(Click above to play video)
This is the second installment of Hands On, a series of informal posts dedicated to honoring the people, machines, and processes involved in making and manufacturing.
This week we take a step by step hands on tour with our own packaging manufacturer, Service Die Cutting and Packaging Corp. Located in the Kensington neighborhood of Philadelphia, this 7 employee business has been in operation since 1963.
The building is a seemingly non-descript warehouse, and from the outside you would never guess what kind of amazing machinery operates behind the the old brick and faded facade.
The business was started in by Stanley Kuntz. During his era, there were no such thing as email or "incoming illustrator artwork files." In fact, the business got it's first computers in 2003, when son Jason Kuntz took over. It has now been owned and operated by Jason for the past 10 years.
WHY DID WE CHOOSE SERVICE DIE CUTTING & PACKAGING?
After a few weeks of getting quotes and samples from multiple possible providers, we ultimately decided to go with Service Die Cutting because we've found it to be absolutely invaluable to be in close proximity to as many of our suppliers and manufacturing as possible. It's allowed us to meet the company and the people involved, face to face and hands on, who help create a part of the vision for our product.
For a brand like ours - focused on design, these kind of relationships are essential. If you only knew how many times we sent artwork back and forth! By having a local producer we now understand more about how packaging works, the steps taken, and what kind of capacities and restraints we have to work with for future projects.
IT ALL STARTS WHEN YOU DIE
If you want a box cut into a shape, you start by getting a metal cutting die. Basically, there are sharp blades into a piece of wood. You use this piece of wood to stamp the paper from which you are cutting. It's basically a big cookie cutter. A cutting die is an upfront type of expense, but it's something you purchase now and will use again later in future runs.
ARTWORK IS RESOLVED AND TURNED INTO A PRINTING PLACE
Jason sent us an .illustrator file that had the die-lines laid out in the same shape as the cutting die. Then we finalized the design and sent our artwork files on over so they could be made into a printing plate. Just as the cutting die was, this is something purchased early on but kept for later printings.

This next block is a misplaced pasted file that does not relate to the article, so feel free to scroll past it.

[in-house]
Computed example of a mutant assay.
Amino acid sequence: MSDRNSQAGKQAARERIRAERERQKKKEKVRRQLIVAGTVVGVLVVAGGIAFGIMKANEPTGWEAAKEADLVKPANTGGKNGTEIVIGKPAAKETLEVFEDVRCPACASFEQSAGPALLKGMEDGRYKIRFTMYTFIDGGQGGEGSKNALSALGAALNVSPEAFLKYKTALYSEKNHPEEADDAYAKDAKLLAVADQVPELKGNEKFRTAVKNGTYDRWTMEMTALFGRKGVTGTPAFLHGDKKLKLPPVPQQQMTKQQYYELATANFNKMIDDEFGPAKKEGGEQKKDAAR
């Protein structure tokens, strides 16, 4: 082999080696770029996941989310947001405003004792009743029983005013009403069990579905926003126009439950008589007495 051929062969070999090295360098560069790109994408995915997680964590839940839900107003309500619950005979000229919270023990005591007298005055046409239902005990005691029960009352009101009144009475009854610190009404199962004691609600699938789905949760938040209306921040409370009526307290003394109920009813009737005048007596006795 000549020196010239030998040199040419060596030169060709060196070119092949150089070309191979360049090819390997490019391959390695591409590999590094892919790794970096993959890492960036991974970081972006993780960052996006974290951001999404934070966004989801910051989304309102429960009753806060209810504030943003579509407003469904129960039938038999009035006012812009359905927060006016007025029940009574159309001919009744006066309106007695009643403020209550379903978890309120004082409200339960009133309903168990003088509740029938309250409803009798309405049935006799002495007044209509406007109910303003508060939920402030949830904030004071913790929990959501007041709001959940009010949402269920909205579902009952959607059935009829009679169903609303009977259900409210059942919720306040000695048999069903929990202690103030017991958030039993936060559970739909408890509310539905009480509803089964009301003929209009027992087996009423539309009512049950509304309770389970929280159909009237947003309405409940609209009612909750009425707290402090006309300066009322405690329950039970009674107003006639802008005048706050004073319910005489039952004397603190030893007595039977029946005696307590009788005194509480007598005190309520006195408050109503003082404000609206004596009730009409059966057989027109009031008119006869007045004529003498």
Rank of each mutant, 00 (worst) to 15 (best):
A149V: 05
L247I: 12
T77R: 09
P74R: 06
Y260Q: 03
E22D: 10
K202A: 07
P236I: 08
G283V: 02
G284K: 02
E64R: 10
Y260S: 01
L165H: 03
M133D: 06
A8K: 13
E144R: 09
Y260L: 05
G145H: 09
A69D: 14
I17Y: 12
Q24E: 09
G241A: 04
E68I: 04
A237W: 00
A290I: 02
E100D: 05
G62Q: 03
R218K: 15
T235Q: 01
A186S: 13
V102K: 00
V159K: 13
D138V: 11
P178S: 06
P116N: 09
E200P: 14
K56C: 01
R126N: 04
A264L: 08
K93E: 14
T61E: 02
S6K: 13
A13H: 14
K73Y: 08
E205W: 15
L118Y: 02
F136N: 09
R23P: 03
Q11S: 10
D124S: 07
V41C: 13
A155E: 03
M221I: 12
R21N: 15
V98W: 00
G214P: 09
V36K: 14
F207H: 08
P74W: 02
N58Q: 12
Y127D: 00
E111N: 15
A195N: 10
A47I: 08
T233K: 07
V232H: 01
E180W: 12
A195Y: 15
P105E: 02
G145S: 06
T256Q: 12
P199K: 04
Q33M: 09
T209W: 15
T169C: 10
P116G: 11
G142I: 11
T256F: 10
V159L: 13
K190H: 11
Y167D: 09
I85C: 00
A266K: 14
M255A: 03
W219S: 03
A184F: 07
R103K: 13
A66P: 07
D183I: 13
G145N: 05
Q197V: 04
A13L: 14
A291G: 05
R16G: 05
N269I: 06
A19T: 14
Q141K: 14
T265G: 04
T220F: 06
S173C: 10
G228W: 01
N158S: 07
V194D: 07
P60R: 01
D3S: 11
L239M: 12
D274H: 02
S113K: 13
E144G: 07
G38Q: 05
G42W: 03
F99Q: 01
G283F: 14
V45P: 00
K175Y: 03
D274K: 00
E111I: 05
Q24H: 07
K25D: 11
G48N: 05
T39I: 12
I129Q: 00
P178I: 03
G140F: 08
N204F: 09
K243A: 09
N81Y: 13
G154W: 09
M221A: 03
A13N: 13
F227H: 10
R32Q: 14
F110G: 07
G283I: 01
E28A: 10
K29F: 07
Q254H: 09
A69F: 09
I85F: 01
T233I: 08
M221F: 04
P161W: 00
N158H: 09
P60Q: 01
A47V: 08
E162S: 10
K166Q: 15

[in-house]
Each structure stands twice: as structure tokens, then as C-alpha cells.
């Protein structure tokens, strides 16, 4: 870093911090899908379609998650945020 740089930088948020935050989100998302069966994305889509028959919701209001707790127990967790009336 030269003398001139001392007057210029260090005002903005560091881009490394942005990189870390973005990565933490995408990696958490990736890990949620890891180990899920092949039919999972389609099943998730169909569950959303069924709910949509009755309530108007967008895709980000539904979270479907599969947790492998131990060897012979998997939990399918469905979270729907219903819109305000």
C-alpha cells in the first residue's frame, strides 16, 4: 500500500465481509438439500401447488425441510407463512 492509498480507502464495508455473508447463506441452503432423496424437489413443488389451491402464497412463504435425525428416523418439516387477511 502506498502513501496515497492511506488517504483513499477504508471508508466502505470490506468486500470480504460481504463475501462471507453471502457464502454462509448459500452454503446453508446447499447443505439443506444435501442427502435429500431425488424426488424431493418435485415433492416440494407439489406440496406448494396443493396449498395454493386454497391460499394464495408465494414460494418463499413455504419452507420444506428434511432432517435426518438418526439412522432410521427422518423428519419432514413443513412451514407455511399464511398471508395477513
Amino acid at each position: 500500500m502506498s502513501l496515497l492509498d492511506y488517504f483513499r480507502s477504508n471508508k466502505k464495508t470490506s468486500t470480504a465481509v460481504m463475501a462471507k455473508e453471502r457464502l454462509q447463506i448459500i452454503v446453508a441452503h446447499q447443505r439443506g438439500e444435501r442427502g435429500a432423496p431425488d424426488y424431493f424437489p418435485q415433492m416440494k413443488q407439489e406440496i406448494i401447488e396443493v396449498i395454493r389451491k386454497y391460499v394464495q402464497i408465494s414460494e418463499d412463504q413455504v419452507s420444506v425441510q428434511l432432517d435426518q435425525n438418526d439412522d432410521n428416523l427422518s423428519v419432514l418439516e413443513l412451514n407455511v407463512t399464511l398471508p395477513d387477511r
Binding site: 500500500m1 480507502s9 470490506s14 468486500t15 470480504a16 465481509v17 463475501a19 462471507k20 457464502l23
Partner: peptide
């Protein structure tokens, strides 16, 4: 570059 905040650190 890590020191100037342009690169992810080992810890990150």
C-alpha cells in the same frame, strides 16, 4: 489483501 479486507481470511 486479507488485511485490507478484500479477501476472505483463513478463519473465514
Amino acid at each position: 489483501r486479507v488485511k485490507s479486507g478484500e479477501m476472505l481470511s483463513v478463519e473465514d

PHASE 1: PRINTING
Ace is the gentleman chatting in the video who is responsible for running our blank, flat boxes, through a printing press. He's been working for Service Die Cutting for 18 years.
This printing press is a beautiful piece of machinery that sits on the 2nd floor of the natural light flooded warehouse. The blank rectangles of cardboard are loaded into one end of the printing press called the feeder. When the machine is turned on the cardboard is picked up and goes through various rollers and chambers as it's taken closer to the printing plate. There is an inkwell which applies the ink to the rotating printing plate, which in turn transfers that ink onto a rotating rubber "blanket", which then finally rolls the final image onto the cardboard. The finished and printed cardboard finally ends up in the "delivery" end of the machine in nice uniform stacks.
PHASE 2: CUTTING
The printed boxes need to now be cut and creased into shape. This is done with a quality Thompson Press dated to sometime around the 70's. It can churn out around 1200 boxes an hour. This is where we met Chris Mellet. Jovial and friendly, Chris has been working here for about 10 years - but he has nothing on his uncle Joe who has been there for 50 years!
Before you can start to operate the press, you need to align the cutting die with something called a creasing matrix. This is basically rubber lines with a dull edge that are fixed to the flat part of the press. There is also a set up for proper paper alignment. The plate forces the material between the cutting die and the creasing matrix, simultaneously cutting and creating creases.
A quick hand and eye is necessary to pick up uncut pieces of material, lay it down to be cut, then quickly remove it so the next can be laid down.
PHASE 3: GLUEING & FOLDING
The final step is gluing and folding. In the corner of the warehouse lies a 40+ foot machine called a gluer/folder. This is where we met Fred and Mark. Together they've worked here for over 10 years and on this day they were in charge of making sure our boxes were glued up right.
The machine has a loading end and a drying end, with gluing and folding in-between. The boxes are slid along a center carrier - a long series of rotating wheels and belts. Glue is ejected from an applicator on the carrier and then immediately after the green rubber belts, which angle from flat to horizontal, force the paper to fold into the shape. The boxes are then rolled through to the drying end of the machine where they air dry on a drying rack.
PHASE 4: WAIT, HOW MANY BOXES DO WE HAVE TO FOLD?
The last part of this process was picking up the final goods. This run consists of about 2000 boxes. As exciting as it was getting the these finally in hand, it means moving onto the next daunting task of hand folding! In our case, we'll get some help from many of our generous friends and supporters. We are forever grateful for the help! Is this method sustainable in the long term? Definitely not, but we've begun our research and will cross that bridge when we arrive.
To learn more about Service Die Cutting and Packaging Corp. be sure to visit them at www.servicediecutting.com and tell Jason we sent you!